When you consider the amount of money I spent on the Radio Con this past weekend it's sobering to realize that I still only ended up with one book. Most of the money went toward gas, food, admission, soft drinks, snacks and amusements for young bookdave. Still, the book was one I'd been waiting for ever since I first heard of it from the author a couple years back. Martin Grams, Jr is the astonishingly prolific (and astonishingly young!) author of THE RADIO ADVENTURES OF SAM SPADE.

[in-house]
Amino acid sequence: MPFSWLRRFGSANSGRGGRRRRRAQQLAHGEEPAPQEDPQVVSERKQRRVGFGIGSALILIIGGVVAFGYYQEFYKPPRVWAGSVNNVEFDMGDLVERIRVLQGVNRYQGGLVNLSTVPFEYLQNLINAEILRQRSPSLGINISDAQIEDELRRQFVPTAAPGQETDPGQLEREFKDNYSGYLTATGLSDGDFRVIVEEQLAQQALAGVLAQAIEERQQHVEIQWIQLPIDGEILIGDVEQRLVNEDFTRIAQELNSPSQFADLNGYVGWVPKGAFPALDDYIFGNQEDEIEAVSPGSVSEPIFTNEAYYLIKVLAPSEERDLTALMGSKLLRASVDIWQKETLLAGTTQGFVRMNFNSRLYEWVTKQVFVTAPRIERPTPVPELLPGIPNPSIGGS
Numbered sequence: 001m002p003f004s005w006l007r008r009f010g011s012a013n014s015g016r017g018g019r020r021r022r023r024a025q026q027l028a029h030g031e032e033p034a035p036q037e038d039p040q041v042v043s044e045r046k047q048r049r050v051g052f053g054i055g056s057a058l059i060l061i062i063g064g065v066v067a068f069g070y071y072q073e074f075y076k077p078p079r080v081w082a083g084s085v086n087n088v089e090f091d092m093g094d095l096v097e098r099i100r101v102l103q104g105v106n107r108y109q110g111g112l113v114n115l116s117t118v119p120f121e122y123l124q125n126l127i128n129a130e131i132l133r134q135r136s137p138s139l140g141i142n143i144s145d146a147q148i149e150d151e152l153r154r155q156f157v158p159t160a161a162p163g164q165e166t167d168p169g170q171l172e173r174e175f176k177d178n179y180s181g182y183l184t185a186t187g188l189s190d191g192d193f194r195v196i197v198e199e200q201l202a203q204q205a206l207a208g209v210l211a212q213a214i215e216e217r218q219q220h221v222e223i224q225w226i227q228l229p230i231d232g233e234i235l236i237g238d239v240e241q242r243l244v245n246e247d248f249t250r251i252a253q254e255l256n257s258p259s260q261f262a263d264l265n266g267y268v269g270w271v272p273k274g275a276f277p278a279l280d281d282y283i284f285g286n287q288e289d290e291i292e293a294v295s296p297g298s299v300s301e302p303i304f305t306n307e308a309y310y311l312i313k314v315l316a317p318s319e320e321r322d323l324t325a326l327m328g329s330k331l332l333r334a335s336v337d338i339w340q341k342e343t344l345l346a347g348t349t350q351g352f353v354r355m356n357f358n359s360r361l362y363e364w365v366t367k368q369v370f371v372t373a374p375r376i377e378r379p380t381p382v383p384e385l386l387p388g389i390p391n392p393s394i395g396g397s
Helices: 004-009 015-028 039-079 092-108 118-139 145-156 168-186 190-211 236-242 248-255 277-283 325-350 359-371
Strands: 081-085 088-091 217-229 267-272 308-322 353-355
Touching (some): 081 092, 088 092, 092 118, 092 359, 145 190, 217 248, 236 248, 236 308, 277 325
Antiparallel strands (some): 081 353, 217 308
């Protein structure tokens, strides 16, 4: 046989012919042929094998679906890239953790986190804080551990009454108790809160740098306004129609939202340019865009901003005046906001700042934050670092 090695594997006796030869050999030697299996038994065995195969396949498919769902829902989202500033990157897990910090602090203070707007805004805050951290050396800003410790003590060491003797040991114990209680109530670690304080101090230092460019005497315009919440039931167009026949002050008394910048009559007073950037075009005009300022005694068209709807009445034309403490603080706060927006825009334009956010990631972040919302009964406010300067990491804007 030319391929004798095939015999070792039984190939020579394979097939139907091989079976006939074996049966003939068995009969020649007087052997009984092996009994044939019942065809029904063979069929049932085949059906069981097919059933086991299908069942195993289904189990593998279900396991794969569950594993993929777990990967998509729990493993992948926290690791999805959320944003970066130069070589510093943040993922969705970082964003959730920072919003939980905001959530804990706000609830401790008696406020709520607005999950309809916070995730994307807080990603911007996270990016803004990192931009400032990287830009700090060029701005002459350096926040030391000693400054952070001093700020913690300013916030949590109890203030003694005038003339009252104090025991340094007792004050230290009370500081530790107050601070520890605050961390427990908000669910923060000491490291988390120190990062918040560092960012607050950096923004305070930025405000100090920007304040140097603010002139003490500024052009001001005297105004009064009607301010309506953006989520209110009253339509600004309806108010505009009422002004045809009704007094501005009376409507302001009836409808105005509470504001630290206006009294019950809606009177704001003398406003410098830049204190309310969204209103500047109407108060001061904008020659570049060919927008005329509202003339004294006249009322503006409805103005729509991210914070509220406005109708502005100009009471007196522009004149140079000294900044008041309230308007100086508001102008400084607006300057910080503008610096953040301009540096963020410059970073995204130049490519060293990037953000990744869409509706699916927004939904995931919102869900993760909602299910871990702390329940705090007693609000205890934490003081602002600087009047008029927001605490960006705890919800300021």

If you only know Spade as the hero/anti-hero of Dashiell Hammett's THE MALTESE FALCON, then you've actually missed his most popular incarnation! From 1946 through 1951, radio offered weekly whodunits with the sarcastic private eye and his ever-faithful secretary, Effie. Epitomized for most of its run by actor Howard Duff (who I first noticed as ludicrous BATMAN villain Lord Phogg opposite his then-wife Ida Lupino's Lady Peasoup!), the series was clever, witty and even a tad romantic! Martin's book is, as one might expect, largely an episodic rundown but Martin has amassed a surprising amount of trivia regarding many of the episodes, too. The book also offers both a literary and cinematic history of the character as well as sections on the Communist witch hunt issues of Hammett and, by association, Duff (which perhaps led to the "Charlie Wild, Detective" series introduced by sponser Wildroot). THE RADIO ADVENTURES OF SAM SPADE is a welcome addition to the annals of radio series research and an overdue tribute to a show and a man who were amazingly popular until the moment was cut short by the Communist witch hunts!